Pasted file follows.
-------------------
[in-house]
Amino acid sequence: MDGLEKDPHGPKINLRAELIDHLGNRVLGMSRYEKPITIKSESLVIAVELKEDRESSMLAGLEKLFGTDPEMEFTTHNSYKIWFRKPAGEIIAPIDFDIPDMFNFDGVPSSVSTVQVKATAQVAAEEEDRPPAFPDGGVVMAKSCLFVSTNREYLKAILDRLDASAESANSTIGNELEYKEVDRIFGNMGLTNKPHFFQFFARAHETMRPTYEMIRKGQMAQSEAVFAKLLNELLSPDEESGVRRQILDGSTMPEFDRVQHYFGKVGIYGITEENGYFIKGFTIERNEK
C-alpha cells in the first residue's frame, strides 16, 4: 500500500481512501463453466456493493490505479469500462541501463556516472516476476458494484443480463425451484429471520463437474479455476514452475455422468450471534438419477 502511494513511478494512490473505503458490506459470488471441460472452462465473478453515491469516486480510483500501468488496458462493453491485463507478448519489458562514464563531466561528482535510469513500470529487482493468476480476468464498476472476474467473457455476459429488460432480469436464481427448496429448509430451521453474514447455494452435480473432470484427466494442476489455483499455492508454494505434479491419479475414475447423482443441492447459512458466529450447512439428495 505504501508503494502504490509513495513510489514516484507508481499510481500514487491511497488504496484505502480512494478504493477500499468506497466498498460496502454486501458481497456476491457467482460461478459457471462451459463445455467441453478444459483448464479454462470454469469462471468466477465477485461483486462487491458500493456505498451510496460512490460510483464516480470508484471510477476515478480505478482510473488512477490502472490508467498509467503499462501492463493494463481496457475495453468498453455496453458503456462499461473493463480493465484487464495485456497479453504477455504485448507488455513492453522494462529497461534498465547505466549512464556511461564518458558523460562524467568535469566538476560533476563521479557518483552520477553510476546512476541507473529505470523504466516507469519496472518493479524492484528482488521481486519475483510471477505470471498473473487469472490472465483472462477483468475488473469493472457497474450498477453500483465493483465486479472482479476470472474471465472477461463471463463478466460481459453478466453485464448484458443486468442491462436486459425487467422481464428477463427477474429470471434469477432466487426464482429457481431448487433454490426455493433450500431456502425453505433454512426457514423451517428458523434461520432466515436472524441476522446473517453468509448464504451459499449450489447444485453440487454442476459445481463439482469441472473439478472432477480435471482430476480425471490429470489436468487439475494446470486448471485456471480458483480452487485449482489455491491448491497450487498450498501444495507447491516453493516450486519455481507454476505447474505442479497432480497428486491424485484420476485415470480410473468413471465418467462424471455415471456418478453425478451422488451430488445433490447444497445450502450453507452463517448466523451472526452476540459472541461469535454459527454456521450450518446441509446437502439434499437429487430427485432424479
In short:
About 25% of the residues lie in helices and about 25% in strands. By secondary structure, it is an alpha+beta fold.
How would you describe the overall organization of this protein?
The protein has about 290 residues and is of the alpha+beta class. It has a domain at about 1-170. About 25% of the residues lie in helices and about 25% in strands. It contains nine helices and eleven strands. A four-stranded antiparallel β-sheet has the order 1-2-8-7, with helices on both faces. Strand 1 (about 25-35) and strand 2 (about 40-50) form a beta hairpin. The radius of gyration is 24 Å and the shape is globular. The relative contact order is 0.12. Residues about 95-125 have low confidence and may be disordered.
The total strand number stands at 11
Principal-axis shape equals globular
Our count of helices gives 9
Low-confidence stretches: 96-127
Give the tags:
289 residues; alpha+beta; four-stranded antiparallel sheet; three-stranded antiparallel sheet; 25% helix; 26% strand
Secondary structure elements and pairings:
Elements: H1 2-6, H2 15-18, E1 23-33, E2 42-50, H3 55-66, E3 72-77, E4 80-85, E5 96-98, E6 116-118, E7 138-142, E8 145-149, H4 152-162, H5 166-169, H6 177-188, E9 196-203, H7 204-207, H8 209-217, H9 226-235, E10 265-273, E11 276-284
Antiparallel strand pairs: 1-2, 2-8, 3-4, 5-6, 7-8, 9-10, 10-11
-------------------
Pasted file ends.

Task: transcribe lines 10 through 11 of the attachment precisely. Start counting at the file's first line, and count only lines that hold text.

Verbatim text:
Our count of helices gives 9
Low-confidence stretches: 96-127